+The I3C protocol defines a mechanism to automatically discover devices present
+on the bus, their capabilities and the functionalities they provide. In this
+regard I3C is closer to a discoverable bus like USB than it is to I2C or SPI.
+The discovery mechanism is called DAA (Dynamic Address Assignment), because it
+not only discovers devices but also assigns them a dynamic address.
+During DAA, each I3C device reports 3 important things:
+* BCR: Bus Characteristic Register. This 8-bit register describes the device bus
+ related capabilities
+* DCR: Device Characteristic Register. This 8-bit register describes the
+ functionalities provided by the device
+* Provisional ID: A 48-bit unique identifier. On a given bus there should be no
+ Provisional ID collision, otherwise the discovery mechanism may fail.
+I3C slave events
+The I3C protocol allows slaves to generate events on their own, and thus allows
+them to take temporary control of the bus.
+This mechanism is called IBI for In Band Interrupts, and as stated in the name,
+it allows devices to generate interrupts without requiring an external signal.
+During DAA, each device on the bus has been assigned an address, and this
+address will serve as a priority identifier to determine who wins if 2 different
+devices are generating an interrupt at the same moment on the bus (the lower the
+dynamic address the higher the priority).
+Masters are allowed to inhibit interrupts if they want to. This inhibition
+request can be broadcast (applies to all devices) or sent to a specific
+I3C Hot-Join
+The Hot-Join mechanism is similar to USB hotplug. This mechanism allows
+slaves to join the bus after it has been initialized by the master.
+This covers the following use cases:
+* the device is not powered when the bus is probed
+* the device is hotplugged on the bus through an extension board
+This mechanism is relying on slave events to inform the master that a new
+device joined the bus and is waiting for a dynamic address.
+The master is then free to address the request as it wishes: ignore it or
+assign a dynamic address to the slave.
+I3C transfer types
+If you omit SMBus (which is just a standardization on how to access registers
+exposed by I2C devices), I2C has only one transfer type.
+I3C defines 3 different classes of transfer in addition to I2C transfers which
+are here for backward compatibility with I2C devices.
+I3C CCC commands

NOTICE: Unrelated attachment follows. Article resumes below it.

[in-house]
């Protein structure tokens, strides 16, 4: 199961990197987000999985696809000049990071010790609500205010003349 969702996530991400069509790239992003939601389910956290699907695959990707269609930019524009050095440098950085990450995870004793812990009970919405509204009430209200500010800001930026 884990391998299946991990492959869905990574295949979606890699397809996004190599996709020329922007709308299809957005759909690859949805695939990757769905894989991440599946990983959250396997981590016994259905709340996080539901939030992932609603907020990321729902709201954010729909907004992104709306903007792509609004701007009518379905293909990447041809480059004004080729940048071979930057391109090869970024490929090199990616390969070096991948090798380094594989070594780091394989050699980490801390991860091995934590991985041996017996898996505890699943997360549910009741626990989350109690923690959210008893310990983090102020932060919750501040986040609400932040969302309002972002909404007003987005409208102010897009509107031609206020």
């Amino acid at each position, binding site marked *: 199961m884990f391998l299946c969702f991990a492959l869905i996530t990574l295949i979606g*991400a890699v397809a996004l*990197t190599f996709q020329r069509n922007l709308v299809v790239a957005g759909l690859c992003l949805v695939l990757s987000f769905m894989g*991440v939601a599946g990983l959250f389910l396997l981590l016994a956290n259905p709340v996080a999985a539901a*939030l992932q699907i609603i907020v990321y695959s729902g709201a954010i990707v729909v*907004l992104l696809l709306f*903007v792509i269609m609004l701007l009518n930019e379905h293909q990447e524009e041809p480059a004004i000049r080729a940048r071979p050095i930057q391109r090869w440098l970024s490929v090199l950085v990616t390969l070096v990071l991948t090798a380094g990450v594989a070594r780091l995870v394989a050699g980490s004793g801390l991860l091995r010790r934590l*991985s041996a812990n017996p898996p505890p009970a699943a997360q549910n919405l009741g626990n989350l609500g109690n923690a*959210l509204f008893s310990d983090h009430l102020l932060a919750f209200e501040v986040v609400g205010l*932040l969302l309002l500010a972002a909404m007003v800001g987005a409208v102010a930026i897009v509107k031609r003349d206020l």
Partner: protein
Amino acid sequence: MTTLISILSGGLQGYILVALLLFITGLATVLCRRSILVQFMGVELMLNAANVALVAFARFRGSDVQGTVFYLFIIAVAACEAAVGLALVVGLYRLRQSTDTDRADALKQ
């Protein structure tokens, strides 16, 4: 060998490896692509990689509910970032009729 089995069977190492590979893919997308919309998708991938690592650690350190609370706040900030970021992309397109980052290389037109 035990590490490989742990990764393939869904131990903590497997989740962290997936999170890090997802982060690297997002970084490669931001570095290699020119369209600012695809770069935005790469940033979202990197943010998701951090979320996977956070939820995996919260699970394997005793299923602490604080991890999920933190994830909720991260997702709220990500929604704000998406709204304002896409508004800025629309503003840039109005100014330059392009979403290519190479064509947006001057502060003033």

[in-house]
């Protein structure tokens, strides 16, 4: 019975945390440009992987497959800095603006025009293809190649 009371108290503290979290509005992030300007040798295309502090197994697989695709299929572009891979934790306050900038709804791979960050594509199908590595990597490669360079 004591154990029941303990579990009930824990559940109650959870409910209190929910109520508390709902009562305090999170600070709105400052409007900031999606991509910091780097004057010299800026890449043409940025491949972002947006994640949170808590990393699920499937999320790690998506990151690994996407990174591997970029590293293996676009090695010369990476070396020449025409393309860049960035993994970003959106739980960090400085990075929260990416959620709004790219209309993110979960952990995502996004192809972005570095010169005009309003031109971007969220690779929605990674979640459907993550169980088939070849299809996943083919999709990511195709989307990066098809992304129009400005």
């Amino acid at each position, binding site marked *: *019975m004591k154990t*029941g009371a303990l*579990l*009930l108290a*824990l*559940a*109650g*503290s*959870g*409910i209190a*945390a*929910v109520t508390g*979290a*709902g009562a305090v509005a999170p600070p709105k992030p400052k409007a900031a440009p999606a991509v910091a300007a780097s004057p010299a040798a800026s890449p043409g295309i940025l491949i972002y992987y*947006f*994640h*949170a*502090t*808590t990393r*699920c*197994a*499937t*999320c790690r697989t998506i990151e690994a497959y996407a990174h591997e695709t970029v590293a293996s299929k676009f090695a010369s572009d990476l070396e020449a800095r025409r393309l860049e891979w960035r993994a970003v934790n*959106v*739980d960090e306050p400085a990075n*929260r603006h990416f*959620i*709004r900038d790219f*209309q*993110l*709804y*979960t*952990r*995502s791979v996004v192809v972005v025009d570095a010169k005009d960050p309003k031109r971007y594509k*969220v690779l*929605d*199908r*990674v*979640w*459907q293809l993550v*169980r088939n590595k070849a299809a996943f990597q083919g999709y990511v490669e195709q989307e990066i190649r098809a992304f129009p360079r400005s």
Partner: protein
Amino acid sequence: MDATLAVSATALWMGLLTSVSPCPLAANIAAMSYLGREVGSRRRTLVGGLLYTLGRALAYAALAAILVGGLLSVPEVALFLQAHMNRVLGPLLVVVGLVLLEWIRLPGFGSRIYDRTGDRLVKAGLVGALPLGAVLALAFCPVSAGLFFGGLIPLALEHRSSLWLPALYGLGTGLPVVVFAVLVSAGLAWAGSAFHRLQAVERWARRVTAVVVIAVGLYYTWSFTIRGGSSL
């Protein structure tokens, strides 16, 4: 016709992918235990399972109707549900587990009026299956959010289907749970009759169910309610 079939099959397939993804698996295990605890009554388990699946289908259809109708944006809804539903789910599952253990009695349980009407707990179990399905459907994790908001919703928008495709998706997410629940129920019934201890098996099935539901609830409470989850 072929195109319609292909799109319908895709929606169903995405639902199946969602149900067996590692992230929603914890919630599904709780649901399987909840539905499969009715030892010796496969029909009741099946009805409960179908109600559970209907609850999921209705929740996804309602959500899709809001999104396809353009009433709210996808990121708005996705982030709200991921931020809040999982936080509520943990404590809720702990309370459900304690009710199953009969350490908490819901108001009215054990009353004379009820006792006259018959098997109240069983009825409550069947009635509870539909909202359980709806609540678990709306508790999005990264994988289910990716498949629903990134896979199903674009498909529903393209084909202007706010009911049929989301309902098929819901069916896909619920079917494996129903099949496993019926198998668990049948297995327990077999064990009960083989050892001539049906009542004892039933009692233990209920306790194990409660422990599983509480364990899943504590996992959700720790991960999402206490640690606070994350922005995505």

+CCC (Common Command Code) commands are meant to be used for anything that is
+related to bus management and all features that are common to a set of devices.
+CCC commands contain an 8-bit CCC ID describing the command that is executed.
+The MSB of this ID specifies whether this is a broadcast command (bit7 = 0) or a
+unicast one (bit7 = 1).
+The command ID can be followed by a payload. Depending on the command, this
+payload is either sent by the master sending the command (write CCC command),
+or sent by the slave receiving the command (read CCC command). Of course, read
+accesses only apply to unicast commands.
+Note that, when sending a CCC command to a specific device, the device address
+is passed in the first byte of the payload.
+The payload length is not explicitly passed on the bus, and should be extracted
+from the CCC ID.
+Note that vendors can use a dedicated range of CCC IDs for their own commands
+(0x61-0x7f and 0xe0-0xef).
+I3C Private SDR transfers
+Private SDR (Single Data Rate) transfers should be used for anything that is
+device specific and does not require high transfer speed.
+It is the equivalent of I2C transfers but in the I3C world. Each transfer is
+passed the device address (dynamic address assigned during DAA), a payload
+and a direction.
+The only difference with I2C is that the transfer is much faster (typical clock
+frequency is 12.5MHz).
+I3C HDR commands
+HDR commands should be used for anything that is device specific and requires
+high transfer speed.
+The first thing attached to an HDR command is the HDR mode. There are currently
+3 different modes defined by the I3C specification (refer to the specification
+for more details):
+* HDR-DDR: Double Data Rate mode
+* HDR-TSP: Ternary Symbol Pure. Only usable on busses with no I2C devices
+* HDR-TSL: Ternary Symbol Legacy. Usable on busses with I2C devices
+When sending an HDR command, the whole bus has to enter HDR mode, which is done